By Sharon Oosthoek
Ten years after coming up with materials to inexpensively produce hydrogen using membrane-based electrolysis, Steven Holdcroft’s discovery is paying off. The Simon Fraser University polymer/electrochemist and his team are the brains behind the technology that launched Ionomr Innovations. The Vancouver-based company makes proton- and anion-exchange membranes that can be used in fuel cells and to generate hydrogen through water electrolysis.
In January, Ionomr announced it had raised $15 million in a series A financing round led by Shell Ventures and Finindus, a Belgian investment firm linked to the steelmaker ArcelorMittal. Series A financing is an investment in a privately-held, start-up company after it has shown progress in building its business and demonstrated the potential to generate revenue.
“Decarbonization by the reduction of carbon dioxide emissions will involve hydrogen at ten times the scale we produce now,” says Holdcroft, Ionomr co-founder and advisor. “Ionomr is positioned to scale up its materials to very large volumes, which is what is going to be needed.”
Hydrogen has long been touted as a replacement for greenhouse gas producing fossil fuels, but there’s a catch: right now, nearly the entire global supply of hydrogen is made using fossil fuels. Steam methane reforming is the most common method. It involves super-heating a mixture of methane and water to produce hydrogen and carbon dioxide, which is usually released into the atmosphere.
More sustainable ways of producing hydrogen – water electrolysis for example – are possible, but many times more expensive than producing it from fossil fuels. That’s largely because industrial scale electrolysis involves either very large cells circulating highly caustic electrolytes or in the case of acidic electrolysis cells, electrodes made of expensive non-corrosive platinum group metals.
“If we use caustic electrolytes, we can use cheaper materials such as nickel,” says Holdcroft, who is also past president of the Canadian Society for Chemistry. “And if we can replace caustic liquid with a thin membrane that can transport hydroxide ions, then we can design ‘zero-gap’ electrolytic cells, which increases efficiency and reduces the cell footprint, both of which significantly reduce cost.”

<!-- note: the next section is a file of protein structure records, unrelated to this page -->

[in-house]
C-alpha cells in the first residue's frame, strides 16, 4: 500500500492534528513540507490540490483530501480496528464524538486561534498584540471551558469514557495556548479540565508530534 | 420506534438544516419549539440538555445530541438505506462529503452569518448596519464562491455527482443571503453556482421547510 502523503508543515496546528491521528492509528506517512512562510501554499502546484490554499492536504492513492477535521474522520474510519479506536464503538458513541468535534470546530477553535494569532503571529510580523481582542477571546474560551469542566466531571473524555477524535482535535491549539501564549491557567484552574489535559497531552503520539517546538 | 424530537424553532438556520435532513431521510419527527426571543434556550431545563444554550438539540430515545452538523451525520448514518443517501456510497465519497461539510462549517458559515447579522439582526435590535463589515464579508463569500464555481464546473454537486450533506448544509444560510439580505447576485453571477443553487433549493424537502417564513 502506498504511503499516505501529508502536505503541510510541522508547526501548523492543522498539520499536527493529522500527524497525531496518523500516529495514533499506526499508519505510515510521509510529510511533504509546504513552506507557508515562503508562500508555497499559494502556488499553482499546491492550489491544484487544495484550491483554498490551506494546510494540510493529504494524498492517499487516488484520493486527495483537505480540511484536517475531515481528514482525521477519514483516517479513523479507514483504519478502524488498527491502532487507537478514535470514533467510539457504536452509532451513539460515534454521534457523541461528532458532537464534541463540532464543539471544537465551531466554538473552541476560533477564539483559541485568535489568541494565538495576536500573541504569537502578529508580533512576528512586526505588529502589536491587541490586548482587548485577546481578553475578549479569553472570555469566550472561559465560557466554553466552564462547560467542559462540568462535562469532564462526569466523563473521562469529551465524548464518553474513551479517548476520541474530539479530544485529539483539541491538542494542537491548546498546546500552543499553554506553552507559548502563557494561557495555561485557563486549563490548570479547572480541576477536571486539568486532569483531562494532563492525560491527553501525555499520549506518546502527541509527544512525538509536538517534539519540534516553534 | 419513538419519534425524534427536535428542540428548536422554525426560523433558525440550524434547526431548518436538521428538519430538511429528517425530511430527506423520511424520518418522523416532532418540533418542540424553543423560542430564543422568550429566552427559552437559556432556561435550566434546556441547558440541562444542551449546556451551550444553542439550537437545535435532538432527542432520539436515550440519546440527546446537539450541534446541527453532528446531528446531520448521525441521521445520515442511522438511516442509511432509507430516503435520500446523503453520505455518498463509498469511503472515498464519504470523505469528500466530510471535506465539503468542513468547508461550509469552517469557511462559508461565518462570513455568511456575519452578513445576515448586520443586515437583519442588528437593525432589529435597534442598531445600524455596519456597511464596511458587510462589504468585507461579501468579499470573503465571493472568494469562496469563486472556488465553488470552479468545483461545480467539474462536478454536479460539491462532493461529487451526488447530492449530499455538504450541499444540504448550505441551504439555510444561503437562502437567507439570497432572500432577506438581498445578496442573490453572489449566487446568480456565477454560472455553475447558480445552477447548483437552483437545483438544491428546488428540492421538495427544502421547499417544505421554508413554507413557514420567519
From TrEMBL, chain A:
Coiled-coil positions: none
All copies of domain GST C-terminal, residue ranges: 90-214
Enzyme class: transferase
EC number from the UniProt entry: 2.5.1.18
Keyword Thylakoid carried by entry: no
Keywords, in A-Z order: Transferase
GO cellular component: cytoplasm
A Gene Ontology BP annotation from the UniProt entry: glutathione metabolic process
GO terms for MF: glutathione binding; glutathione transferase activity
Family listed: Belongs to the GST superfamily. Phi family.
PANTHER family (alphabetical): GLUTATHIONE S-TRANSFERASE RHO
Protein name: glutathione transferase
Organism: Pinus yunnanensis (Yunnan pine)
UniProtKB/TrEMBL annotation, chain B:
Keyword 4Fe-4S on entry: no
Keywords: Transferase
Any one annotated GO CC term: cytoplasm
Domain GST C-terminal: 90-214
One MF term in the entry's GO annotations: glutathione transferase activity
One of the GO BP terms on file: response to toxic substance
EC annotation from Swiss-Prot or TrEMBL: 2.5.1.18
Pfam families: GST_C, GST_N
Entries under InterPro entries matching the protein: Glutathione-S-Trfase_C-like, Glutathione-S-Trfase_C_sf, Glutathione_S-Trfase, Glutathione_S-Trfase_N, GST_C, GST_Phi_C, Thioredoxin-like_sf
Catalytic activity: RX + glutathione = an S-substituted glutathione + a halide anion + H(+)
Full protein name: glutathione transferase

But there’s a challenge here too: caustic solutions quickly degrade plastic membranes. Which is why when Holdcroft and his team came up with the chemistry to make thin plastic films that can withstand caustic solutions and transport hydroxide ions, they decided to found Ionomr.
The chemical composition of their plastic – polybenzimidazoles and/or polyimidazoles – is similar to some commercial polymers. The key difference is that commercial polymers’ chemical bonds cannot withstand caustic solution, while Ionomr’s polymer is up to the task.
Holdcroft’s research group is also behind Ionomr’s other product – a hydrocarbon-based proton exchange membrane that eliminates the use of potentially-toxic fluorine reagents found in existing proton exchange membranes. Applications include advanced battery technologies such as electrodes, coatings and solid polymer electrolytes.
Ionomr’s co-founder, electrochemist Ben Britton, who did his PhD in the Holdcroft lab, says the series A funding is a major show of industry’s confidence in Ionomr’s membrane and polymer technology.
“This funding will allow us to scale up production and accelerate our time to market, increase our research and development of applications, and ensure we have the capacity to meet demand,” says Britton. “What began in the Holdcroft lab is now well on its way to being a viable commercial application that will help accelerate and grow the green hydrogen economy.”